After reading several other garden blogs I can say with confidence that weeds don’t seem to be quite as big a deal in Arizona as they are other places. Probably because of the difference in rainfall, but still, we do get them.
This is one of the ones that I see in the garden all of the time. In fact, I even pulled one of these from a potted tomato plant this summer. They grow almost anywhere. I regularly pull them from the garden, my grass, even my front yard decomposed granite.
It is actually a mesquite tree and is one of the most popular landscaping trees in our area. Properly pruned, these trees can be great shade trees, growing very tall with a large canopy. Unfortunately, depending on the type of mesquite, they can also be very susceptible to wind damage (especially if they have NOT been properly pruned). Any major wind storm is going to leave the streets littered with fallen branches or even whole trees uprooted.
For me, that isn’t necessarily a bad thing, considering the wood of the mesquite tree provides an excellent flavor for smoking meats and one decent sized branch can provide enough wood for several batches of tasty pulled pork and even cold smoked cheddar cheese. Yummy!
The mesquite trees drop pods that are a nuisance to most home owners because they make a terrible mess in crushed granite landscaping. However, if picked before they fall from the trees (but after they dry out), the pods can be milled to produce a flour that is very high in protein and has a sweet flavor (or so I’ve read, I still need to try this). I’ve also read that the pods can be roasted and ground up, much like coffee beans and make a sweet coffee-type beverage.
The pods should be inspected for holes and should never be harvested from the ground because of the risk of contamination from animals, beetles, or a particular bacteria.
Pods can be harvested all summer long, but particularly toward the end of summer/fall time period.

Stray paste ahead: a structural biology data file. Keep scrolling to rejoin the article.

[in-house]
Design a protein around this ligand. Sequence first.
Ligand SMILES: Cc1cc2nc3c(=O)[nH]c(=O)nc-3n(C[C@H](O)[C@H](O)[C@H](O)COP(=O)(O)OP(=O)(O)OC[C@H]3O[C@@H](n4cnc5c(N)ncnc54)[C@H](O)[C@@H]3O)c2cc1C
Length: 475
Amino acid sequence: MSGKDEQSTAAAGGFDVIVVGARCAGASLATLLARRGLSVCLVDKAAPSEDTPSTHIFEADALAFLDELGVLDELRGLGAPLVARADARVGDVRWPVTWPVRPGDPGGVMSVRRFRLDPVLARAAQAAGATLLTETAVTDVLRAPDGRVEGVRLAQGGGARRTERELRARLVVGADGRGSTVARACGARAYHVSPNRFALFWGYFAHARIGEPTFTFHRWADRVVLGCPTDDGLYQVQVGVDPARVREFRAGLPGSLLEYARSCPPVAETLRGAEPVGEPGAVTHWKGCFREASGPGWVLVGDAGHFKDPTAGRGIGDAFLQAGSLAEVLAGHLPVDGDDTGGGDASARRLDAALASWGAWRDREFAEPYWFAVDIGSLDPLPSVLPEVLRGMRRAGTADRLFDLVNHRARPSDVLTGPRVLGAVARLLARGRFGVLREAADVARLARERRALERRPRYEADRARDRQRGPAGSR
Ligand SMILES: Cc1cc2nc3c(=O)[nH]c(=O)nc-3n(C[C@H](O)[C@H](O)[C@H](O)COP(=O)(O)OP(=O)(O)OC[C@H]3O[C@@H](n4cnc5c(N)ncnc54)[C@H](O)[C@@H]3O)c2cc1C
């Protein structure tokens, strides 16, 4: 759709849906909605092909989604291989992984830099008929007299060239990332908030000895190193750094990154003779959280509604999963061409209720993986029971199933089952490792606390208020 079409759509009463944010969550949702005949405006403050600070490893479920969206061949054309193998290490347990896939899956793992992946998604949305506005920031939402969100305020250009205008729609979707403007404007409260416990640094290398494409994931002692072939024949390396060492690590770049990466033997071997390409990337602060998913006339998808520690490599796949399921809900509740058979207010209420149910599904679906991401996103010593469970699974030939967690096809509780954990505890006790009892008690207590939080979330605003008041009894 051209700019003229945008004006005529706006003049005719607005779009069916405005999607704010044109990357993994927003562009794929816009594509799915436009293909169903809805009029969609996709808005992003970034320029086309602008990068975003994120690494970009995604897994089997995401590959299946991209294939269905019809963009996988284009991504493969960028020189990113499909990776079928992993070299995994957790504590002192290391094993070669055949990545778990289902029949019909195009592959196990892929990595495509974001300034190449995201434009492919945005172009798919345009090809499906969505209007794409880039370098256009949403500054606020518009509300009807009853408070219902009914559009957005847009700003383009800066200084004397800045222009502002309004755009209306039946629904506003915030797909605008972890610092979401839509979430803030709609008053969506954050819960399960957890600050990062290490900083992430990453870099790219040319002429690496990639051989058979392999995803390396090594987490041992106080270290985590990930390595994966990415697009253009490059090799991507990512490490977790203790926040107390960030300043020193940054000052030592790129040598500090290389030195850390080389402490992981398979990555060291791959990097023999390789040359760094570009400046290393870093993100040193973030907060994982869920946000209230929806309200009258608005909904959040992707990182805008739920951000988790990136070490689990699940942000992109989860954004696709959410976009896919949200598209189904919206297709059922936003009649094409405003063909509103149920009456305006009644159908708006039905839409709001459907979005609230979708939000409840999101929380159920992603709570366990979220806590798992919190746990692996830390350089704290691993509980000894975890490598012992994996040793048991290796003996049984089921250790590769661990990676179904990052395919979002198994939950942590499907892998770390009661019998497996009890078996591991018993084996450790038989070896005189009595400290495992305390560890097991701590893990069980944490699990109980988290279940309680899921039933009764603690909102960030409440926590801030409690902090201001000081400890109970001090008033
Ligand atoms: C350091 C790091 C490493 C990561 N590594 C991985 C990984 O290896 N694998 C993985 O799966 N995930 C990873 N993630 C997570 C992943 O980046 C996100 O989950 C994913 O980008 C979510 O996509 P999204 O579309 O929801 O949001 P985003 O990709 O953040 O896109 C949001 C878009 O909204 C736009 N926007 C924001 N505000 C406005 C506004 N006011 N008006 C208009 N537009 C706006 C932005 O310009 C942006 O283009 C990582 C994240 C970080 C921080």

Unfortunately if they pop up in my garden they won’t be producing pods, just compost. 🙂
Very interesting! Thanks for sharing the info about mesquite, even though I’ll never see them in Michigan.
Hahaha… I never saw them in MI either! I used to live in Redford outside of Detroit. Quite a shock when I moved to Phoenix as a kid… in the middle of the summer! Ouch!
Jones, the Mesquite doesn’t grow in Nebraska either. Bundles of mesquite wood can be purchased at the store for BBQ. I don’t think I’ve ever actually seen a Mesquite tree. I didn’t know that they grew bean pods on the tree. The pictures I’ve seen is always of a gnarly looking bush that was growing in pretty dry looking soil. I imagined that cowboys use Mesquite wood for their camp fires on the long cattle drives. It does make for very tasty BBQ.
Have a great Mesquite day.
Oh yeah, they can make a horrible mess, but they can be really tall and with a huge canopy. Unfortunately most people over water and under prune and… well, you get fire wood. One of my favorites next to hickory.
We don’t have the Mesquite trees in the Northeast, either, so this is fascinating. Thank you for the information. Now I want to make a barbecue!
I learned something new today and that is always a good thing. Here, we pull out Maple trees constantly from everywhere. 🙂